Monday, September 20, 2010

Creating a healthy feudalism in America

A segment of what passed for the Southern intelligentsia in the 1840s and 1850s wanted to create European feudalism in America. But as the historian Louis Hartz said more than fifty years ago in his classic The Liberal Tradition in America, “When we penetrate beneath the feudal and reactionary surface of Southern thought, we do not find feudalism; we find slavery.” He went on to say, “Fraud, alas, was the inevitable fate of Southern social thought.”

A new feudal America

Yet, after 150 years from the start of the American Civil War, is it possible that a unique American feudal society is taking shape, not just in the South but throughout the country?

Will we create a distinct American peasantry (while naturally denying its existence) protected by the self-proclaimed lord of the manor … who may be an investment banker, a coal magnate or possibly an arms dealer. As we've already invented our own Magna Carta—U.S. Constitution—we'd need an assembly of lords. The collection of empty vessels called the U.S. Congress will likely suffice for the time being. This potpourri of feudalism and the early nation state will be our teachable moment.

The Census Bureau reported last week that million of Americans are racing into poverty, in many cases people having no place to live and needing food banks to avoid real hunger. A report by the International Monetary Fund and the International Labour Organization state that nearly half of unemployed workers in the U.S. have been out of work for more than six months and the average duration is nine months. The trends are not encouraging.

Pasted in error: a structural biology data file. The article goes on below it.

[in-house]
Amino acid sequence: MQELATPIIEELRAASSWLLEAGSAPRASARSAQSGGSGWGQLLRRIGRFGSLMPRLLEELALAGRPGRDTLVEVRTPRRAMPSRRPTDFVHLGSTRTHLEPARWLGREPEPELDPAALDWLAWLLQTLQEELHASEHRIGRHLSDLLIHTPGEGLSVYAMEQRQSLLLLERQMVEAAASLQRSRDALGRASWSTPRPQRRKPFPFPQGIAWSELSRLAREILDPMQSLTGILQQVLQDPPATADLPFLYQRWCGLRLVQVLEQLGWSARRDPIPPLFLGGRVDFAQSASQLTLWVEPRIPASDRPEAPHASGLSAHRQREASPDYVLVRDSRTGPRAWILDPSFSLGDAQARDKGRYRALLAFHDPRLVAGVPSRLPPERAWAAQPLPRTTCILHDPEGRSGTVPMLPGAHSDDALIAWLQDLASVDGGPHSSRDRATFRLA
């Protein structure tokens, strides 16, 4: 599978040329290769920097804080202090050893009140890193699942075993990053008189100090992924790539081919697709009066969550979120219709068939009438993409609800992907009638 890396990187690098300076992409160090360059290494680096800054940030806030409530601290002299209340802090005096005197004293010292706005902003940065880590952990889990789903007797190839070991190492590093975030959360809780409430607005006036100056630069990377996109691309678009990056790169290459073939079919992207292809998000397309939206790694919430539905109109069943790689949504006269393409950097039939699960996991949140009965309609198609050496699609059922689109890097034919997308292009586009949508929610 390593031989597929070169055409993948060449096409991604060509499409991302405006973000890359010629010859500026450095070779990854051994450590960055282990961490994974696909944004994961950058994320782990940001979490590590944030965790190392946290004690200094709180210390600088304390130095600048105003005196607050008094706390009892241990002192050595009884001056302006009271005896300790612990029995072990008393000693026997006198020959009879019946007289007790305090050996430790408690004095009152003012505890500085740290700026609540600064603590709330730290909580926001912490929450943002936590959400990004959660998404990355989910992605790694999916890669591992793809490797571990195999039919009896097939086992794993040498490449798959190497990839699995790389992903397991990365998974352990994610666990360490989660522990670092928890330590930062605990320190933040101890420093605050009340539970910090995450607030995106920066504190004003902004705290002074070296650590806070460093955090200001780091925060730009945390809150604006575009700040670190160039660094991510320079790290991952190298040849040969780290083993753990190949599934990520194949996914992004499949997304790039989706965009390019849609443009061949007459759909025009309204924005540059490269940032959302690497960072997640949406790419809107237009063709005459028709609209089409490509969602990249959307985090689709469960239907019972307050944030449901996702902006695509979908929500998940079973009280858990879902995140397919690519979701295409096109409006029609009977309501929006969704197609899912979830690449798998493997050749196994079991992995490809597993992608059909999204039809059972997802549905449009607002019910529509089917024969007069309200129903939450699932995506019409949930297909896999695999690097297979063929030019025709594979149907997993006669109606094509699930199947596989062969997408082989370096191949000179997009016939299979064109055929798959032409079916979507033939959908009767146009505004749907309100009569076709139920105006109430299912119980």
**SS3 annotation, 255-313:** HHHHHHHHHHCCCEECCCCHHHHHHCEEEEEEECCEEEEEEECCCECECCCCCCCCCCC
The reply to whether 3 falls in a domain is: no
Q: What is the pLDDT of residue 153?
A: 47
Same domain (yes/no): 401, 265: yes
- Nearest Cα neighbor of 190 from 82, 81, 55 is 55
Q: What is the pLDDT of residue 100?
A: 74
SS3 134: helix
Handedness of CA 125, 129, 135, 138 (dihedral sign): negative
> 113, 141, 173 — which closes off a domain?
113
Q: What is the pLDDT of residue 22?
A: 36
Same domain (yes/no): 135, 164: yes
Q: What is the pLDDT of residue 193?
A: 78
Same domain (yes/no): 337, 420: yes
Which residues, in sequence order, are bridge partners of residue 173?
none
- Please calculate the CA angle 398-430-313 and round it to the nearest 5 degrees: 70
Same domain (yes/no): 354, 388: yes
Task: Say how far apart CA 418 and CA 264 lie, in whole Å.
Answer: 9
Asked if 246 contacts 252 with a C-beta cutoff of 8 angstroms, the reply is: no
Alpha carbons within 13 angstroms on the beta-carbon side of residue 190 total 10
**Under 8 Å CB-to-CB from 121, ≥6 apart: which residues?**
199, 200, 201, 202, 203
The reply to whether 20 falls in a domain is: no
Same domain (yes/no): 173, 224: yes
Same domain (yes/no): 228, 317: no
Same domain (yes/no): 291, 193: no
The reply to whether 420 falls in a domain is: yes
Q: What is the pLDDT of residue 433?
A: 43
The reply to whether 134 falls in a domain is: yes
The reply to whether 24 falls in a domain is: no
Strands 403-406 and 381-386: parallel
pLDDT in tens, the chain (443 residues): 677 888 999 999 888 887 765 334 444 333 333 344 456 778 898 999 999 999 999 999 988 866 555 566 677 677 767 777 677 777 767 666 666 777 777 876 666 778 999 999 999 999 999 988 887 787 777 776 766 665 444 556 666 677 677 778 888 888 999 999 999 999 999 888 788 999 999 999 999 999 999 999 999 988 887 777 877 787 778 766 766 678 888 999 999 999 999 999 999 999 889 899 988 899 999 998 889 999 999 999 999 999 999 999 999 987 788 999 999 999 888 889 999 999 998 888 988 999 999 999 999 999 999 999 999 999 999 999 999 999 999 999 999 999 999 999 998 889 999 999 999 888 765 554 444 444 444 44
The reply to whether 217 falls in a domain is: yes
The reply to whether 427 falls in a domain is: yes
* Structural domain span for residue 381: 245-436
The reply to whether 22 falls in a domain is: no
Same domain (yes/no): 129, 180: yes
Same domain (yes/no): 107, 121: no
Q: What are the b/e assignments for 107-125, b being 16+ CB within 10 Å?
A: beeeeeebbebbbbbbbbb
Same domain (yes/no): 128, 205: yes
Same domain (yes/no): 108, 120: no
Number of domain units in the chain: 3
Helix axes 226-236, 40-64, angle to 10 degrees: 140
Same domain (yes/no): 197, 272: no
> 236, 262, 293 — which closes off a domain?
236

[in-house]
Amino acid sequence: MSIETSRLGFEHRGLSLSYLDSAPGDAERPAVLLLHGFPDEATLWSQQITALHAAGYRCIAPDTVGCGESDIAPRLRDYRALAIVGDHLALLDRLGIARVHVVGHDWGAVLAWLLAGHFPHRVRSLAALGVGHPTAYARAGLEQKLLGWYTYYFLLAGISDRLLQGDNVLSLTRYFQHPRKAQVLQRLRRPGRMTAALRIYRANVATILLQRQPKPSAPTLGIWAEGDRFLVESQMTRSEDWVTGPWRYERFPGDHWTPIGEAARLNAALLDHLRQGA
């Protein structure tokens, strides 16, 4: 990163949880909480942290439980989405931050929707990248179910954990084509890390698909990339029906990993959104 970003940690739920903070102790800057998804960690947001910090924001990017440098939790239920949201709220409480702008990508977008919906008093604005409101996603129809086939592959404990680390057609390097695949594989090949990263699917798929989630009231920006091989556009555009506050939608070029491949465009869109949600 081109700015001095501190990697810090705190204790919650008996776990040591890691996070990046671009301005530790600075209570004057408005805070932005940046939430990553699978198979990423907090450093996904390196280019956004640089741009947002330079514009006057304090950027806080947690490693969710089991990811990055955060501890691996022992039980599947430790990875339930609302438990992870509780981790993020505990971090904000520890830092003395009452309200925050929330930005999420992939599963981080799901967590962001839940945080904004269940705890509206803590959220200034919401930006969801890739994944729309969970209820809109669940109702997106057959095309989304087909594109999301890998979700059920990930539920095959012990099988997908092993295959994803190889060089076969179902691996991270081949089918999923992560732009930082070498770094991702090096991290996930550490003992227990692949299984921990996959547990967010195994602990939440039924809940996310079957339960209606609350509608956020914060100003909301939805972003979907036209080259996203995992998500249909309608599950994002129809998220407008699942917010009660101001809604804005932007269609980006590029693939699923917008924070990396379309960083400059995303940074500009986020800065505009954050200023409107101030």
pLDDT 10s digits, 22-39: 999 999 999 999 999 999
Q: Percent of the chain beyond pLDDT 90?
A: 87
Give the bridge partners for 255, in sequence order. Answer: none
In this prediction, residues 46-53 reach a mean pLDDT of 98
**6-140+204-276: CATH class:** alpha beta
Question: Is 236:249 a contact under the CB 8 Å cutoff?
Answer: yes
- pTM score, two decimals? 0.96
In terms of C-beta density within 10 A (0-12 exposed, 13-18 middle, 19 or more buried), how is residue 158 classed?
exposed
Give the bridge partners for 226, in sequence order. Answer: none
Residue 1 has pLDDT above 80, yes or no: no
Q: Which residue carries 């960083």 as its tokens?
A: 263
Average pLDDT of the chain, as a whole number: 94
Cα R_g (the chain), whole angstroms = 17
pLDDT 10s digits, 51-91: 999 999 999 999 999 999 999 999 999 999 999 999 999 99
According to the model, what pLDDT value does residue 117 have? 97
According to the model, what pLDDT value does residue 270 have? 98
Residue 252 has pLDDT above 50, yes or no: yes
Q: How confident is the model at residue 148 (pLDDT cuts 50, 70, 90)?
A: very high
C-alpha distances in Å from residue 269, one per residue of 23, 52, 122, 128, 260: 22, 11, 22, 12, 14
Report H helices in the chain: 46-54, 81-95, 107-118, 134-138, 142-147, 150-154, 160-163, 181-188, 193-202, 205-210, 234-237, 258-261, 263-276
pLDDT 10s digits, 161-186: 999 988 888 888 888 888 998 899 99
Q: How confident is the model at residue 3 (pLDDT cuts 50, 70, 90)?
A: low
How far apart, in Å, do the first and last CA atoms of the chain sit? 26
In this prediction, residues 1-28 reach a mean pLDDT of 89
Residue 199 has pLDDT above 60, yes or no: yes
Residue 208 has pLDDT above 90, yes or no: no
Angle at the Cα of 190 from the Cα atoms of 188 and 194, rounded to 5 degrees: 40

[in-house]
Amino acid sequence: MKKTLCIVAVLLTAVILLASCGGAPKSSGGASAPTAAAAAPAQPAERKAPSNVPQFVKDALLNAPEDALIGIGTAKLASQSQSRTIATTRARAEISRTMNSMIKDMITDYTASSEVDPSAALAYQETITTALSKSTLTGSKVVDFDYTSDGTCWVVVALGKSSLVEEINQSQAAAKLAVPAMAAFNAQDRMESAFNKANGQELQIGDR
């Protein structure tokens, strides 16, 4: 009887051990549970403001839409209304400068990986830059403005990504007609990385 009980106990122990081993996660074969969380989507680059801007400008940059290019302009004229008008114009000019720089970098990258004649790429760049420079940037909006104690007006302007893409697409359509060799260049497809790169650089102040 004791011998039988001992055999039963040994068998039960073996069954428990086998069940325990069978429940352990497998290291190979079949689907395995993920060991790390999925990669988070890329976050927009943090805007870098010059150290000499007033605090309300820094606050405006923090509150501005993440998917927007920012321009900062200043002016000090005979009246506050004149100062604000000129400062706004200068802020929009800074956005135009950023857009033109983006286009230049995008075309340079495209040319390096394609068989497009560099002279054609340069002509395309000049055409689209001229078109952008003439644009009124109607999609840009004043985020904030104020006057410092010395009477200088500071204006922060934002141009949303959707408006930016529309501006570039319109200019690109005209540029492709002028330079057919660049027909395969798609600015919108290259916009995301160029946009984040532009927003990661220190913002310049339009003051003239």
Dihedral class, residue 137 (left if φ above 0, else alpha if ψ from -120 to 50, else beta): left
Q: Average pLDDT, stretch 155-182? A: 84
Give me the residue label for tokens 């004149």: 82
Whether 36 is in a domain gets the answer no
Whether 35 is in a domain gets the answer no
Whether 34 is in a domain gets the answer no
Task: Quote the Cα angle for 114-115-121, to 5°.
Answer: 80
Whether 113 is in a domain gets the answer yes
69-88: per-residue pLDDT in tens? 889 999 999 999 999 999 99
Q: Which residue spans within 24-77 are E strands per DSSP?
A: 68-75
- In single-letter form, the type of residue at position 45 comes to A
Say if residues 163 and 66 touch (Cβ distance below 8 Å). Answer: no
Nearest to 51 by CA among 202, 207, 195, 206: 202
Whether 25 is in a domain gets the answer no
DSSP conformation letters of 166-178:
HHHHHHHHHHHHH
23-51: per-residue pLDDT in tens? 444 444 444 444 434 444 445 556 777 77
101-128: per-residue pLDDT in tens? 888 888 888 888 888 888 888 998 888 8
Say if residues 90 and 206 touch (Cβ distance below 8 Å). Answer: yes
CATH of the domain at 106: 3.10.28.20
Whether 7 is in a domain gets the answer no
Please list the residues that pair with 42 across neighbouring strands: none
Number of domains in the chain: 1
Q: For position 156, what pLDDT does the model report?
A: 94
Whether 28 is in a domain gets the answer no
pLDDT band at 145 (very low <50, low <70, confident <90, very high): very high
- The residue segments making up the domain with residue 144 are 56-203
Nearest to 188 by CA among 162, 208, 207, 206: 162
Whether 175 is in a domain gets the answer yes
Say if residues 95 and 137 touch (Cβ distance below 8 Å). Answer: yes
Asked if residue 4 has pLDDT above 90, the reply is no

The report, Projection of Jobs and Education Requirements Through 2018, offers a glimpse of America's decaying educational system in an increasingly competitive world. The report claims that the U.S. will fall short of the needed number of people requiring postsecondary degrees by 2018, state-by-state.

At the same time, as the article Infrastructure, Deficits, and Global Recovery points outs, the global economy will require high levels of infrastructural spending for economic growth, at a time when governments are calling for deficit reductions and reduced spending.

A year or so ago the American Society of Civil Engineers estimated that $2.2 trillion will be needed over the next 5 years in the United States to get our infrastructure up to “acceptable” standards.

Creating dynasty trusts

For a basic primer on wealth and power in America read Wealth, Income and Power. The lord of the manor is waiting for its peasants, and for all intent and purpose we Americans are dutifully shuffling up the hill waiting for instructions in a gloomy, less democratic economic scenario--which leads finally to the people's representatives in Washington, DC.

The degree of irrelevancy of the U.S. Congress can be debated, but while the feckless Democratic party is largely a nuisance the Republican party has turned into a bizarre cult, where seemingly its combined brain power couldn't light a broom closet.

Not even a good novelist could have created a cast of character like the Republican senators and their stand on climate change. See Grand Old Deniers-Nearly All GOP Senate Candidates Deny Global Warming. In fact, as we have learned, Representative Mike Castle, who was running for the senate in the Republican primary in Delaware and who was one of the few Republicans that publicly stated his belief in the science of climate change, was defeated by a strange woman that wandered out of an old Monty Python sketch.

And finally, an op-ed piece by Tom Friedman of the New York Times.

We're lucky to be working for such a good master....

We could hang the bastard once and for all and start over again....

Some Sources:

The Challenges of Growth, Employment and Social Cohesion

The Angry Rich

Photo credit: Ruined Castle by Simon Howden/

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